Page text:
úterý 9. září


Úmrtí princezny Diany, novináři a dnešní svět - pokračování:

  • Ještě jednou k pohřbu princezny Diany (Jan Čulík)
  • List Guardian kriticky o královské rodině
  • Profesionální fotografové nejsou hyeny (Pavel Hořejší) Reakce západních fotografů:
  • Alain-Pierre Hovasse, obrazový redaktor (anglicky)
  • Alain-Pierre Hovasse, obrazový redaktor (český překlad)
  • David Brauchli, fotoreportér (anglicky)
  • David Brauchli, fotoreportér (český překlad) Média:
  • Definice "oficiálního" tisku: Jan Zahradil, Klausův poradce, reaguje na názory čtenářů Britských listů
  • TV Nova je emocionální kýč, Neviditelný pes taky (Tomáš Pecina)

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  • "Stanovisko mych dvou kamaradu, ke kteremu se jiz pripojuji dalsi kolegove" (zaslal

    Pavel Hořejší):

    1. Alain-Pierre Hovasse, Photo Editor

    (Český překlad viz níže:)

    This is a personal note, concerning the recent events and photographers. Please onpass this to others on your e-mail list, or post a hardcopy on a  visible bulletin board at your office

    It has been a great tradition of our western civilization that those accused of a crime are judged by the facts. It is with a certain amount of disgust that we've seen this tradition short-circuited so brutally in the case of photographers and the world's media.

    News photography prides itself on impartiality: if the subject is worthy of news, be it pauper or king, it is our job to provide newspapers and magazine editors with the material to illustrate the most important stories of the day. We are a very visible part of a large process.

    With this in mind, this note is not about justifying the actions of the photographers at the scene of Diana's crash. The "facts" on the case have radically changed every day since the tragedy, and what appears true today may be false tomorrow.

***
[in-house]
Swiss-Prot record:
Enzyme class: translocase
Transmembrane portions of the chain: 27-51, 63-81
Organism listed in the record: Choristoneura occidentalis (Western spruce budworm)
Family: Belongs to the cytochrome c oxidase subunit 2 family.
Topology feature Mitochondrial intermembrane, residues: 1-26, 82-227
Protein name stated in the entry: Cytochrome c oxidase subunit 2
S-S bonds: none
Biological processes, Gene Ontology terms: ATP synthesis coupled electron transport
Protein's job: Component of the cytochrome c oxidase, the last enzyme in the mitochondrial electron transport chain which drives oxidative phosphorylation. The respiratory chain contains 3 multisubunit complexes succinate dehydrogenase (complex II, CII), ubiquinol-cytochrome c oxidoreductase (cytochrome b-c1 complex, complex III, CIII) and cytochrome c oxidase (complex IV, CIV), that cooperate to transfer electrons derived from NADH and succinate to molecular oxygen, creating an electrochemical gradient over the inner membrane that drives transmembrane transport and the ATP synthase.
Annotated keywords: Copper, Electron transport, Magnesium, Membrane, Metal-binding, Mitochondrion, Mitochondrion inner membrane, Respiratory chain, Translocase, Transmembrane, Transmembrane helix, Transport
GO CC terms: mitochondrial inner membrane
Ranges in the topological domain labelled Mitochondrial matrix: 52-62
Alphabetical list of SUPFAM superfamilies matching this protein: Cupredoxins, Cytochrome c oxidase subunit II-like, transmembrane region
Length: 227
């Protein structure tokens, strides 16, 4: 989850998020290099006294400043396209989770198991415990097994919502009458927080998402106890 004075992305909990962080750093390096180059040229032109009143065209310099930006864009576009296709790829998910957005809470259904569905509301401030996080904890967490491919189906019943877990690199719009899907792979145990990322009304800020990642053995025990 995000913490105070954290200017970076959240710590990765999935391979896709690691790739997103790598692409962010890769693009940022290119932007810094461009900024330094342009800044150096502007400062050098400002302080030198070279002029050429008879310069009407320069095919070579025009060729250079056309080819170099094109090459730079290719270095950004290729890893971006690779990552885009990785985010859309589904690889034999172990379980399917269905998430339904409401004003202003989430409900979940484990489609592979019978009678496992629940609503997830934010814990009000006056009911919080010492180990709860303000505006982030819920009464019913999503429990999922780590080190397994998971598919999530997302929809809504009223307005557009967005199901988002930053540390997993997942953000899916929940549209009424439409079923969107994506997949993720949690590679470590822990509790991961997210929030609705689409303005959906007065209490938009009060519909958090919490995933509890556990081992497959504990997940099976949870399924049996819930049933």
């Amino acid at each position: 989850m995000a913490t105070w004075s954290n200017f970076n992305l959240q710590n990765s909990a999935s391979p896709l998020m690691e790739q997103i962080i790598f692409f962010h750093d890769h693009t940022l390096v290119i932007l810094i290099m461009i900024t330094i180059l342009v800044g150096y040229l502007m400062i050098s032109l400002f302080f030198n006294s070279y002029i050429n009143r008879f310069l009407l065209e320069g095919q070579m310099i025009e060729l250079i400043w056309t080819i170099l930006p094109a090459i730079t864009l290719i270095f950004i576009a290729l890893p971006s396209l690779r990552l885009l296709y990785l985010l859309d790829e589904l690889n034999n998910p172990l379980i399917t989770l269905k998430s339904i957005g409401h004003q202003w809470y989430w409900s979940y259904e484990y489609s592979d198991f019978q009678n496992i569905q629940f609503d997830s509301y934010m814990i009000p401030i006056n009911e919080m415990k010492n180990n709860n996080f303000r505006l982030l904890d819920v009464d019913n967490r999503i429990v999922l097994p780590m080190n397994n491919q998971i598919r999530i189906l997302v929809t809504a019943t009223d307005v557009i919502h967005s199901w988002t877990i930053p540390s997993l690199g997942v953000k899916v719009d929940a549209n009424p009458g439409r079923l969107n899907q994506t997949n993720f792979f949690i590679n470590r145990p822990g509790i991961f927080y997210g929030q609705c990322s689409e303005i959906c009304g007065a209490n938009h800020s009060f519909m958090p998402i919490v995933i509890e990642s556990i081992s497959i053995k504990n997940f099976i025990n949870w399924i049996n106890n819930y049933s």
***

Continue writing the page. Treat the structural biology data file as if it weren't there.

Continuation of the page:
My profession is news photography: it's a great profession full of excitement, danger and frequently accompanied by the feeling that our photographs can make a difference to the world. Complaints from the public were rare when photographers reached the besieged town of Srebrenica in Bosnia in 1995, and exposed the impending tragedy facing the civilian population. There were no complaints of intrusion into the lives of Rwandans when images publicized the death of thousands there. Newspaper reports did not call for the review of privacy laws when a  photographer recently caught Khmer Rouge dictator Pol Pot in court, being called to account for the murder of millions. As for the pack of mewling movie stars complaining of harrassment, these cynical masters of media manipulation should remain seen and not heard. When they need publicity to launch their "films", they quickly become our friends and all is conveniently forgiven.

    The very tragic death of Diana has had a global reach and has touched millions at a surprisingly personal level. This phenomenon could never have happened without the direct presence of these same image makers who now stand accused and judged, of complicity in her death.

    This is not the first time, nor the last time photographers are caught in the headlights of quick judgements. We will survive it, it's a great profession full of outstanding people worthy of respect.

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